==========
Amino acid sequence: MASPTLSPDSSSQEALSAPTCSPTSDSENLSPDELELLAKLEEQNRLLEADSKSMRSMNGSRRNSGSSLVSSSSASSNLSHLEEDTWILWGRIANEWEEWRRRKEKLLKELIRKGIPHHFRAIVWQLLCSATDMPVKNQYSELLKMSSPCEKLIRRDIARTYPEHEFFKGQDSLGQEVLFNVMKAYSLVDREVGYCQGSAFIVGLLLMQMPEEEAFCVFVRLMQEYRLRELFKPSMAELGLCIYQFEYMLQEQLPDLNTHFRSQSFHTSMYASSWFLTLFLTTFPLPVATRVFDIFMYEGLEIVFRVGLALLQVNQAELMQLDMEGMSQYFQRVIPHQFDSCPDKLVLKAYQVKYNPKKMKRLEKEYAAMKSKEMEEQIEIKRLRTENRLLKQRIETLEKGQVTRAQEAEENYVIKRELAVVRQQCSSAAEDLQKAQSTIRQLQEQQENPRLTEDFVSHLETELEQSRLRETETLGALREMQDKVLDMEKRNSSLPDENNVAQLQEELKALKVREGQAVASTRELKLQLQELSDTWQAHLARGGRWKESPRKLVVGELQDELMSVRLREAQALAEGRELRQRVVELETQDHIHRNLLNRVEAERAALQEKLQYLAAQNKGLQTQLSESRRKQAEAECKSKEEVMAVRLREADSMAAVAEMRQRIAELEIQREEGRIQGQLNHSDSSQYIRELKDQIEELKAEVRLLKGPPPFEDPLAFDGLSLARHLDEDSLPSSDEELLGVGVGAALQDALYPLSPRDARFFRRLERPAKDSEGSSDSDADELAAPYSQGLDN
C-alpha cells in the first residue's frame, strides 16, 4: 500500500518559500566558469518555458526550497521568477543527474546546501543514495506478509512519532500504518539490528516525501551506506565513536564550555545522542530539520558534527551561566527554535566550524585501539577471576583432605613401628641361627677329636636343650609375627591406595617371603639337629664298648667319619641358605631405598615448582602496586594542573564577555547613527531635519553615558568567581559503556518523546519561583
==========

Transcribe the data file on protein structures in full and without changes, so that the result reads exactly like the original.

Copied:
Amino acid sequence: MASPTLSPDSSSQEALSAPTCSPTSDSENLSPDELELLAKLEEQNRLLEADSKSMRSMNGSRRNSGSSLVSSSSASSNLSHLEEDTWILWGRIANEWEEWRRRKEKLLKELIRKGIPHHFRAIVWQLLCSATDMPVKNQYSELLKMSSPCEKLIRRDIARTYPEHEFFKGQDSLGQEVLFNVMKAYSLVDREVGYCQGSAFIVGLLLMQMPEEEAFCVFVRLMQEYRLRELFKPSMAELGLCIYQFEYMLQEQLPDLNTHFRSQSFHTSMYASSWFLTLFLTTFPLPVATRVFDIFMYEGLEIVFRVGLALLQVNQAELMQLDMEGMSQYFQRVIPHQFDSCPDKLVLKAYQVKYNPKKMKRLEKEYAAMKSKEMEEQIEIKRLRTENRLLKQRIETLEKGQVTRAQEAEENYVIKRELAVVRQQCSSAAEDLQKAQSTIRQLQEQQENPRLTEDFVSHLETELEQSRLRETETLGALREMQDKVLDMEKRNSSLPDENNVAQLQEELKALKVREGQAVASTRELKLQLQELSDTWQAHLARGGRWKESPRKLVVGELQDELMSVRLREAQALAEGRELRQRVVELETQDHIHRNLLNRVEAERAALQEKLQYLAAQNKGLQTQLSESRRKQAEAECKSKEEVMAVRLREADSMAAVAEMRQRIAELEIQREEGRIQGQLNHSDSSQYIRELKDQIEELKAEVRLLKGPPPFEDPLAFDGLSLARHLDEDSLPSSDEELLGVGVGAALQDALYPLSPRDARFFRRLERPAKDSEGSSDSDADELAAPYSQGLDN
C-alpha cells in the first residue's frame, strides 16, 4: 500500500518559500566558469518555458526550497521568477543527474546546501543514495506478509512519532500504518539490528516525501551506506565513536564550555545522542530539520558534527551561566527554535566550524585501539577471576583432605613401628641361627677329636636343650609375627591406595617371603639337629664298648667319619641358605631405598615448582602496586594542573564577555547613527531635519553615558568567581559503556518523546519561583